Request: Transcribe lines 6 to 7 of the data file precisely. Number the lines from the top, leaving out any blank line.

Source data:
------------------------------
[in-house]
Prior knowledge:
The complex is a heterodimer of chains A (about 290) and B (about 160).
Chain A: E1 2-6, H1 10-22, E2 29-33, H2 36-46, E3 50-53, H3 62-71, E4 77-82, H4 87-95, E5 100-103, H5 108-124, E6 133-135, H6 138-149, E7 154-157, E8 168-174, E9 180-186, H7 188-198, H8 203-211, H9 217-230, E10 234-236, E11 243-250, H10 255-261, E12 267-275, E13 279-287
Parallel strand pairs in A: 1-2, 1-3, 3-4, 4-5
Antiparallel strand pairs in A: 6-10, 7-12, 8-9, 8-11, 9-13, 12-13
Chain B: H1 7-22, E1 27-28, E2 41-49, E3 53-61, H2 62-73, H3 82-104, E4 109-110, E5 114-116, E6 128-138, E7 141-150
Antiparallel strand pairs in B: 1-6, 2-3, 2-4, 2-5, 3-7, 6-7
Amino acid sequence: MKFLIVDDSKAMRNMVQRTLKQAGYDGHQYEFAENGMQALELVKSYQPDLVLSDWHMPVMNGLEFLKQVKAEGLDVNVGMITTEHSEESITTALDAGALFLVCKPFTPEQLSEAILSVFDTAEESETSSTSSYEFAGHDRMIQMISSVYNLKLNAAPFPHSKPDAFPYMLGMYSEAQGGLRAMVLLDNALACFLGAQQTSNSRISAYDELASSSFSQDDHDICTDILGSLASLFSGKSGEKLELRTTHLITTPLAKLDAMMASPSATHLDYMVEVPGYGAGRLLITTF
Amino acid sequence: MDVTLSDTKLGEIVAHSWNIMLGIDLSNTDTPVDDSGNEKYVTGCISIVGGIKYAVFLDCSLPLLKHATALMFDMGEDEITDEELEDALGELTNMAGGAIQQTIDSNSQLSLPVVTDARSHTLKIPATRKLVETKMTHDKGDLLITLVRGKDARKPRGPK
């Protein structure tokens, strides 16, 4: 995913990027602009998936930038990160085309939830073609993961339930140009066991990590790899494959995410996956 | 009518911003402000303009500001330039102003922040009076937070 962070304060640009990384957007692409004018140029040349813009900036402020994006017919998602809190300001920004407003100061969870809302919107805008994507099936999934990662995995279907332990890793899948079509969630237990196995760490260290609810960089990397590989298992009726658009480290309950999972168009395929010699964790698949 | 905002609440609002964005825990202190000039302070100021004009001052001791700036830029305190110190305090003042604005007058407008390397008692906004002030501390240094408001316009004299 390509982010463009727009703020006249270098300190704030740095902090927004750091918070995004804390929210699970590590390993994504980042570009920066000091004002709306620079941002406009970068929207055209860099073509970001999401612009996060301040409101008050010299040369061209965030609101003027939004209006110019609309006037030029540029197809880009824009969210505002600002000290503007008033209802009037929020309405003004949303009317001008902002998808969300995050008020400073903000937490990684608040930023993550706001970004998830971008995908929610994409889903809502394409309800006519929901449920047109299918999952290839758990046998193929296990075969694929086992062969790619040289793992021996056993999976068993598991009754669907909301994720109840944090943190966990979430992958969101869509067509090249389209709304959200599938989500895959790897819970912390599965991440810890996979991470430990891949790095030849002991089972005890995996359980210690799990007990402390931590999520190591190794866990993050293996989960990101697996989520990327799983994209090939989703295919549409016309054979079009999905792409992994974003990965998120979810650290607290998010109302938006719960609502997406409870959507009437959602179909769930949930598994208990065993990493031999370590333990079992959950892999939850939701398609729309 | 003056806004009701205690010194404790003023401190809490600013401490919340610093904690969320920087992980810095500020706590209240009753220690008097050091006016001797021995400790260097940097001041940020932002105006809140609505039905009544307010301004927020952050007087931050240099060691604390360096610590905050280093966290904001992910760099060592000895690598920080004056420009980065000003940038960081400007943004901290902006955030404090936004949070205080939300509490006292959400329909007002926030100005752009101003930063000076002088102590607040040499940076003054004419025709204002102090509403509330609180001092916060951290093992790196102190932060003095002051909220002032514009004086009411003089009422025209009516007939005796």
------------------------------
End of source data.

Antiparallel strand pairs in A: 6-10, 7-12, 8-9, 8-11, 9-13, 12-13
Chain B: H1 7-22, E1 27-28, E2 41-49, E3 53-61, H2 62-73, H3 82-104, E4 109-110, E5 114-116, E6 128-138, E7 141-150